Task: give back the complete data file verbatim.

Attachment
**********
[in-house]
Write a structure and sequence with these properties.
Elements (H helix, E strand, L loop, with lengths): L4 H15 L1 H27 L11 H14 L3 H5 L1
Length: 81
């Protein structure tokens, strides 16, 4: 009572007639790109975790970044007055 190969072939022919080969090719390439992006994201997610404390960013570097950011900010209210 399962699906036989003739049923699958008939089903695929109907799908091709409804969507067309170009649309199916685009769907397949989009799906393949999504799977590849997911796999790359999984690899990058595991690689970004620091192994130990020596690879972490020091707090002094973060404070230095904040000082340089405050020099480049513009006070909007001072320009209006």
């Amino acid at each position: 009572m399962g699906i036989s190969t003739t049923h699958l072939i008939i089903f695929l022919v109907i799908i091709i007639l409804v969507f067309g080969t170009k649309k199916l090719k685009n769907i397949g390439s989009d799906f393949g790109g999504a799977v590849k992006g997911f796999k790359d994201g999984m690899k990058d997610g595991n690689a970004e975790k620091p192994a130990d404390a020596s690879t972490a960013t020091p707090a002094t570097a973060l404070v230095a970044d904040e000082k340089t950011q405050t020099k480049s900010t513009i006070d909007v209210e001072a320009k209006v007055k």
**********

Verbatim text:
[in-house]
Write a structure and sequence with these properties.
Elements (H helix, E strand, L loop, with lengths): L4 H15 L1 H27 L11 H14 L3 H5 L1
Length: 81
């Protein structure tokens, strides 16, 4: 009572007639790109975790970044007055 190969072939022919080969090719390439992006994201997610404390960013570097950011900010209210 399962699906036989003739049923699958008939089903695929109907799908091709409804969507067309170009649309199916685009769907397949989009799906393949999504799977590849997911796999790359999984690899990058595991690689970004620091192994130990020596690879972490020091707090002094973060404070230095904040000082340089405050020099480049513009006070909007001072320009209006």
């Amino acid at each position: 009572m399962g699906i036989s190969t003739t049923h699958l072939i008939i089903f695929l022919v109907i799908i091709i007639l409804v969507f067309g080969t170009k649309k199916l090719k685009n769907i397949g390439s989009d799906f393949g790109g999504a799977v590849k992006g997911f796999k790359d994201g999984m690899k990058d997610g595991n690689a970004e975790k620091p192994a130990d404390a020596s690879t972490a960013t020091p707090a002094t570097a973060l404070v230095a970044d904040e000082k340089t950011q405050t020099k480049s900010t513009i006070d909007v209210e001072a320009k209006v007055k």